Wednesday 14 June 2017

Rail advances over Pry Lane

Today we had two teams on the go - one stacking sleepers at Gotherington and then at Winchcombe, the other laying in rail and clipping up on the extension. A new supply of 42 rails has arrived, was loaded on to the bogie flats at Toddington and then pushed along the new track as far as it would go.

This is the view from the newly reloaded rail wagon, one of two, and it has 21 new rails on it. Ahead of it a few more recently laid panels, then, where the JCB is seen dragging the first rail of the day, just sleepers. Our mission today: convert these empty sleepers into track!

As we were without the Camlock for the first hour or so, we decided to drag up the rail and just lay it on top of the sleepers for a while.This would save time later.

We're at Pry Lane bridge here.

Finally the Camlock arrived, and we were able to commence actually putting the rails in their place.

All this is taking place on a bed of ballast on top of Terram, put there a few months back, and levelled out by Steve.

It is as level as a billiard table....

That being so, this is taking things a bit too far.

It's some billiard table chalk, found on site. Weird.

The day was quite hot, despite the skidding clouds. We covered ourselves with sun cream and wore hats, and more than one of us had the remark how brown he was looking these days. Well, we are out in the open a lot. There was no shelter at all, so for lunch we asked Steve to park his trusty JCB in front of us, so that at least the front parts of our bodies were in the shade. As you can see, our team was quite small, with only 9 of us at Pry Lane. More were at Gotherington and Winchcombe of course.

We laid track over Pry Lane bridge and continued northwards, trying to catch up on the 260 sleepers laid on Saturday.

In the end, we laid 10 panels, or 20 rails. That makes 260 sleepers exactly, so we have reset the counter here. However, there will be further sleeper laying on Saturday, when we will clear the last 84 off the wagon, so that the train can be taken down to Gotherington to be reloaded.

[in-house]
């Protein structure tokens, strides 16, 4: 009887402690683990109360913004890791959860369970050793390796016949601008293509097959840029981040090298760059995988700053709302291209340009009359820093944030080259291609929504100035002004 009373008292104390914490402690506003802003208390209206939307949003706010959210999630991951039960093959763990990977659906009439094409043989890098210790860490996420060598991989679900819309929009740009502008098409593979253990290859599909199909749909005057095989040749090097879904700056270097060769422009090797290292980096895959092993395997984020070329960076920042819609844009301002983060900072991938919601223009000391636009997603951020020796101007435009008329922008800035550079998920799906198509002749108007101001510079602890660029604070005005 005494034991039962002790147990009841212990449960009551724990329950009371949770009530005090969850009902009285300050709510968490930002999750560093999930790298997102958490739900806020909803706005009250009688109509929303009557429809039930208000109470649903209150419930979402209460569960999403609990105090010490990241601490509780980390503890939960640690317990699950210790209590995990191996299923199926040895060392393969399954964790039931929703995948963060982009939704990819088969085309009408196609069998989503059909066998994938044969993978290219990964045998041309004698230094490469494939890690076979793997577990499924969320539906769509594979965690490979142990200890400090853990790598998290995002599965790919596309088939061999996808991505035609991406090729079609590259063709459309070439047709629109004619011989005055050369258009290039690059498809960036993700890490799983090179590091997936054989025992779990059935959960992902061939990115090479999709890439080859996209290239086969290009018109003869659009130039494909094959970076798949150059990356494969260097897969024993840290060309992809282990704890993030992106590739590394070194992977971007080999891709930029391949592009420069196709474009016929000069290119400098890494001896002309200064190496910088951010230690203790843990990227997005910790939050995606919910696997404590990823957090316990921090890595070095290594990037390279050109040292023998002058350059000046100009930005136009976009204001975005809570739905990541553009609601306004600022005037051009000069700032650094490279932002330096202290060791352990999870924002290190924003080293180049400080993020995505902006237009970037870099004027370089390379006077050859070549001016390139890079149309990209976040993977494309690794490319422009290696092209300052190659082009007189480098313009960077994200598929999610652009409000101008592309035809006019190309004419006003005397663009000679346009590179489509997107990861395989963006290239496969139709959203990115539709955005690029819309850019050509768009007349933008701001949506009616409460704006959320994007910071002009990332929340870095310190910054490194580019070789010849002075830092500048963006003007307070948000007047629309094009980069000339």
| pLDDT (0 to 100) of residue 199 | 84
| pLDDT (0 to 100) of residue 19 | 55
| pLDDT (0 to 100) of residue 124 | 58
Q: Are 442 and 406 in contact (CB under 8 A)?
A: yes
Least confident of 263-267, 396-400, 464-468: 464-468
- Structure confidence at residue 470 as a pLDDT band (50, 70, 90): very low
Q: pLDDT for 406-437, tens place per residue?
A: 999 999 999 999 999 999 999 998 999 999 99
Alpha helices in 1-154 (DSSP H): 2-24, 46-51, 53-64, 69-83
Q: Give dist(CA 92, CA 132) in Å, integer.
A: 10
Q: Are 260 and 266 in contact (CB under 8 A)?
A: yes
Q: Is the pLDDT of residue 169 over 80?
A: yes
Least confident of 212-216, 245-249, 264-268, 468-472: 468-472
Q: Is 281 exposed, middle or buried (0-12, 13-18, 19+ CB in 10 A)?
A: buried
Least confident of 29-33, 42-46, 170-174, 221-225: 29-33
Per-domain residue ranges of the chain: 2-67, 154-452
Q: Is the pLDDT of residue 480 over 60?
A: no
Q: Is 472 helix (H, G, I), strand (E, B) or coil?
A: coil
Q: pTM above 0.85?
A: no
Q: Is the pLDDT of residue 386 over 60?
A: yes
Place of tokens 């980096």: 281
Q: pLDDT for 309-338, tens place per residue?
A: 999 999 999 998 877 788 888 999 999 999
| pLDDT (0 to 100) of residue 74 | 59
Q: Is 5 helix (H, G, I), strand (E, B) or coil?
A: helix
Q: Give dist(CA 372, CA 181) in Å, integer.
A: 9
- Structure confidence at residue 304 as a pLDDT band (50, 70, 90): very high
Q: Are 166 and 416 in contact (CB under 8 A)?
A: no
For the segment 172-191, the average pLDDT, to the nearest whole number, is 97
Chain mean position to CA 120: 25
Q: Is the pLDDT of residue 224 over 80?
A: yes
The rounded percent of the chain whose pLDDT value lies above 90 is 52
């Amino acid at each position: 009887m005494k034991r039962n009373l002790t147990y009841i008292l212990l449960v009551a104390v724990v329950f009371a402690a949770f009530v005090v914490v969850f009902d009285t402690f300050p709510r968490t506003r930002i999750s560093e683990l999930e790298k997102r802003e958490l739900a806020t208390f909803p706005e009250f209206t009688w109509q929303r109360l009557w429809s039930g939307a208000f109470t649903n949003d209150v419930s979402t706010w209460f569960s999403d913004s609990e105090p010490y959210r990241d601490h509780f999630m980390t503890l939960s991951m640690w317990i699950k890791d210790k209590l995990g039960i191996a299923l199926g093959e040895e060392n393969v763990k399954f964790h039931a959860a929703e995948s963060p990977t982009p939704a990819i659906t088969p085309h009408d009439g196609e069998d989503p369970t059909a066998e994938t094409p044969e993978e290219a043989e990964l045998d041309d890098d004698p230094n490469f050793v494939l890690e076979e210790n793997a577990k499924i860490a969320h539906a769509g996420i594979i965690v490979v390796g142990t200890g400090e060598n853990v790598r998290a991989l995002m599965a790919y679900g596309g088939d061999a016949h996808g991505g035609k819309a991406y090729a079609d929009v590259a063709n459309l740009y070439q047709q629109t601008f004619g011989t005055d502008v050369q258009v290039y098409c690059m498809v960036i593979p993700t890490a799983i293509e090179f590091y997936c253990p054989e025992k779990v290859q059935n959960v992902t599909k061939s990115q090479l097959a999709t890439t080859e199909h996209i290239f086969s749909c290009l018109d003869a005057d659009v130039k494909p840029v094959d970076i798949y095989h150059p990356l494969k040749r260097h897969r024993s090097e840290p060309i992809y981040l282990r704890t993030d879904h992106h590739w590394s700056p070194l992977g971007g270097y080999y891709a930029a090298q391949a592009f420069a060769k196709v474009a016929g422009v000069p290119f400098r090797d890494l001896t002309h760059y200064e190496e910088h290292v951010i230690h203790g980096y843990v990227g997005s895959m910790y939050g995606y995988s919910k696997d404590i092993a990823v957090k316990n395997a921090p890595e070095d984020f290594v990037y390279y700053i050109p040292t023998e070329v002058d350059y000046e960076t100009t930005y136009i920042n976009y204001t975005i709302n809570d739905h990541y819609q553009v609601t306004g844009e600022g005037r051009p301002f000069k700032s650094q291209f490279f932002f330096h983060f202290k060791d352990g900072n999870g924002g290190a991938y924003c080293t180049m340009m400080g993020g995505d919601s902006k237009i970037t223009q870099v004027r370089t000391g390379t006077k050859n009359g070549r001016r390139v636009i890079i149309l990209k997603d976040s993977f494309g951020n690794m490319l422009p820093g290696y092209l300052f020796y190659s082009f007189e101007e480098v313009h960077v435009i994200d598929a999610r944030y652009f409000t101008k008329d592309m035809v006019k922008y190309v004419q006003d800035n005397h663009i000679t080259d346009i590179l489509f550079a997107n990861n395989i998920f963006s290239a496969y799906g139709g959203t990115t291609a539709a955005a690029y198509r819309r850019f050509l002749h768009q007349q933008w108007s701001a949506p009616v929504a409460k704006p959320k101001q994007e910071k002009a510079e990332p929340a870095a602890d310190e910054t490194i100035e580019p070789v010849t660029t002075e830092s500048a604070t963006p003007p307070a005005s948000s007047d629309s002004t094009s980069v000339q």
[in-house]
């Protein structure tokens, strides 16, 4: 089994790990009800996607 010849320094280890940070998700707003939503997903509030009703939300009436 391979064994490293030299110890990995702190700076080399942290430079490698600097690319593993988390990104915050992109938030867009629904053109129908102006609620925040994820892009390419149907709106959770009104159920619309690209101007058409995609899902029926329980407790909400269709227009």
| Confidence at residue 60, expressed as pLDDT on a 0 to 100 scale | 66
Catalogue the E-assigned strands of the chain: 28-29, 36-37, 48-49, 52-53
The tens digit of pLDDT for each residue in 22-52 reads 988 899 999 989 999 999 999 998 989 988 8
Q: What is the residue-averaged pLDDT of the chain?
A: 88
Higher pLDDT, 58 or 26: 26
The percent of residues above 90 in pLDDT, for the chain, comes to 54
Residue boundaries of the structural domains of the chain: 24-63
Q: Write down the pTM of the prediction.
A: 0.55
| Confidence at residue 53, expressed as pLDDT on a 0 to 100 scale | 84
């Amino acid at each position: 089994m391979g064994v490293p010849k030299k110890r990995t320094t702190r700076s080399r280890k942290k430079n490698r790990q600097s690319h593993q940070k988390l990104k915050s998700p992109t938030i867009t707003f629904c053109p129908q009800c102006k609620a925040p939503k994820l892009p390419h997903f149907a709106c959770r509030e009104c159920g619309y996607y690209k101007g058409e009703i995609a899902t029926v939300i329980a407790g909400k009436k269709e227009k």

Under the hot sun, the work on top of the embankment was exhausting. By mid afternoon, we began to flag - some of us are 70 years old! We gave ourselves the target of clearing the first wagon of new rails, and we did this, leaving an odd one on board (we prefer to lay them in pairs). In this picture you can see the rail head at the close of play today, with one more rail to go in. Ahead of it lie more sleepers, but it's clear we have almost caught up.

This shot is taken from the same place as the first one. Rails now reach beyond Pry Lane, on the home stretch to the Childswickham Road bridge. All this still needs clipping up, drilling for fish plates, fitting them, and welding every other joint. However, there is no further need for manual sweeping, temporary clipping up, or stretching. We are now off the CWR.

This shot is off the second rail wagon, showing the first one almost cleared. Those rails were on that from Monday to - Wednesday!

We don't hang about here.

The clipping team achieved 3 panels today, or 312 clips pushed in, with associated plastics and a lot of sleeper levering about to make it all fit.